by Judy Bertrand, M.S.W., and Jim Charleston, M.Div., M.S.W.
Editors’ Note: This research study was discovered by our Editor (and APRT’s Ambassador to Cyberspace), Russ Davis, through a chat group on America Online. Bertrand and Charleston had had no awareness of APRT before Russ found them but they had courageously pursued their research because they believed it was important (as it is). They are to be commended, and also, welcome to APRT to these two new members! They used past-life regression to examine connections between present life preferences and past-life experiences in other civilizations.
Our desire to explore past-life therapy began when Ms. Bertrand was working at a county department of social services with physically and sexually abused adolescents. Some of these youngsters deliberately cut themselves with knives and razor blades. At the time, Mr. Charleston had a private practice in intensive family therapy and worked sometimes with families with crack-addicted babies. We were talking about the traits of these clients and speculated that if we were in some other societies these activities and behaviors would not be unusual. For example, even today in many parts of Africa, carving and cutting skin to produce scarring is still a form of self-beautification, and in some South American (and other) cultures, mothers chew cocoa leaves and babies are often born addicted. Perhaps our clients were only engaging in behaviors that they had done in other lives.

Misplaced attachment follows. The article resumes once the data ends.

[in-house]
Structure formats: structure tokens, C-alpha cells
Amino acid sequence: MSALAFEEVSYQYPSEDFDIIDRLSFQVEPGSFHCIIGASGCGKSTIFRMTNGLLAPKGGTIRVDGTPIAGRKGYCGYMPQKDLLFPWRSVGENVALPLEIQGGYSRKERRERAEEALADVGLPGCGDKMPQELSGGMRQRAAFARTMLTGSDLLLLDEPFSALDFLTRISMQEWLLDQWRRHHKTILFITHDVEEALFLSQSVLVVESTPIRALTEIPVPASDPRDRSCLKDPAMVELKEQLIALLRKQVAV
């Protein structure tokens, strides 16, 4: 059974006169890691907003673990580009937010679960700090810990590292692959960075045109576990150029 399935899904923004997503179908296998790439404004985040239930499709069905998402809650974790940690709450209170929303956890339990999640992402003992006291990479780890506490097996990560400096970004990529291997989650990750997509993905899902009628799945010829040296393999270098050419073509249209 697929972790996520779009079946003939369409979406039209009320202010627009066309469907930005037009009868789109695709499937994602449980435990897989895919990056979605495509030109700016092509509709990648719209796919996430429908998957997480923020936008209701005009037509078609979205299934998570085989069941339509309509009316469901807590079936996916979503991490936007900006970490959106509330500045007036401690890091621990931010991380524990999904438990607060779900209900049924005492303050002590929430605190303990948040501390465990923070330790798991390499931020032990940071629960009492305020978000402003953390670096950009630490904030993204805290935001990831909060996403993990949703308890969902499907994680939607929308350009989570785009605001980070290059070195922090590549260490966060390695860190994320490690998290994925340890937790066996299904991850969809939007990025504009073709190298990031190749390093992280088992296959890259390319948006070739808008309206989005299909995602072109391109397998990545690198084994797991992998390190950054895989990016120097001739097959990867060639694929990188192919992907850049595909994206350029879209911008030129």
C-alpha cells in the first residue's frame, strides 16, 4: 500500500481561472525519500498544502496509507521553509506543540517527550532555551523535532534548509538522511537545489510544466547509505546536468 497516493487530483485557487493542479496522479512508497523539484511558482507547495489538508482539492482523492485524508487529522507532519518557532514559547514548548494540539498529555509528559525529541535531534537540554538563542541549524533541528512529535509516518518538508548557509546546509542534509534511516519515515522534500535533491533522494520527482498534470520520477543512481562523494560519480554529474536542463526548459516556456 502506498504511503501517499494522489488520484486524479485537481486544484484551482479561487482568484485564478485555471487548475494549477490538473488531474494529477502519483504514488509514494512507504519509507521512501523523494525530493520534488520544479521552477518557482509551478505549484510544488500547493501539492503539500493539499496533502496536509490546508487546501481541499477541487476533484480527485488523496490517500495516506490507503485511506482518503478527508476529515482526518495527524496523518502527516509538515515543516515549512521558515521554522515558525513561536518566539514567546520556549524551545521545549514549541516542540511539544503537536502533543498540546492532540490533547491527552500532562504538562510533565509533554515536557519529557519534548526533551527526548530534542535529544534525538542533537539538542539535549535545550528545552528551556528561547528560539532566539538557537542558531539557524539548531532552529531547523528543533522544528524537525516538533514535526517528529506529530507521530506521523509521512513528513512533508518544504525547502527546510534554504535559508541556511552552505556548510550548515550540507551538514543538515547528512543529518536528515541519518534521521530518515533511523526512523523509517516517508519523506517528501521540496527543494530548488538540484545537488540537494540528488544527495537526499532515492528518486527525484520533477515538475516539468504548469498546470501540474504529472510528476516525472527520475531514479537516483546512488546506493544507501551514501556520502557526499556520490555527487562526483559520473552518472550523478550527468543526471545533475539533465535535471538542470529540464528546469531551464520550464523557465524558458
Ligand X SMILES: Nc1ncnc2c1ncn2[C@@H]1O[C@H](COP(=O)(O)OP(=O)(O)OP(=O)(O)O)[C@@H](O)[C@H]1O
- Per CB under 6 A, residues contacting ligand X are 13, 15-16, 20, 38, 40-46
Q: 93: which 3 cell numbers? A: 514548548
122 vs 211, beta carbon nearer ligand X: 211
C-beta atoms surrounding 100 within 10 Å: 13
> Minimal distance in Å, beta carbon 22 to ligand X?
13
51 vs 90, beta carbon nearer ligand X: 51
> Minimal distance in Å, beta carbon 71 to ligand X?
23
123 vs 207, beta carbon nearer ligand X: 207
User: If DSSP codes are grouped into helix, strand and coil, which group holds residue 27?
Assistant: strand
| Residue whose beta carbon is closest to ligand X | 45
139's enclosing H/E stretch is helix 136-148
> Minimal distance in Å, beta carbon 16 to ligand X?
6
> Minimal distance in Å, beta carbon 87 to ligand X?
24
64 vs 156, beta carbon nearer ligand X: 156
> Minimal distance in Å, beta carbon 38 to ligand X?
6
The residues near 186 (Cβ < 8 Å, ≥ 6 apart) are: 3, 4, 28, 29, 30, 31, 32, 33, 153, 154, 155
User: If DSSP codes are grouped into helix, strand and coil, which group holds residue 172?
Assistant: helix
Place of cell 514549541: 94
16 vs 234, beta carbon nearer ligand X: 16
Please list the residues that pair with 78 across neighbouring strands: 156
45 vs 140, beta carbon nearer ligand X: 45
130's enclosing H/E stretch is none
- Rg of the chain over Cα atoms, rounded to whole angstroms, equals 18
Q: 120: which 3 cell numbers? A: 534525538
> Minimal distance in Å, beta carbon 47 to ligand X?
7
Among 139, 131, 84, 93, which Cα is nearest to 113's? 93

Our final motivation for beginning past-life research was to try to make sense out of why people behave in certain ways and hold certain beliefs that have no basis in their current lives. We decided to start by developing a questionnaire that would identify associations with previous civilizations. But more, we wanted to develop specific techniques that would use past-life therapy in positive ways and pull from people’s strengths as opposed to some traditional therapies, which often focus only on trauma and the negative conditions in people’s lives.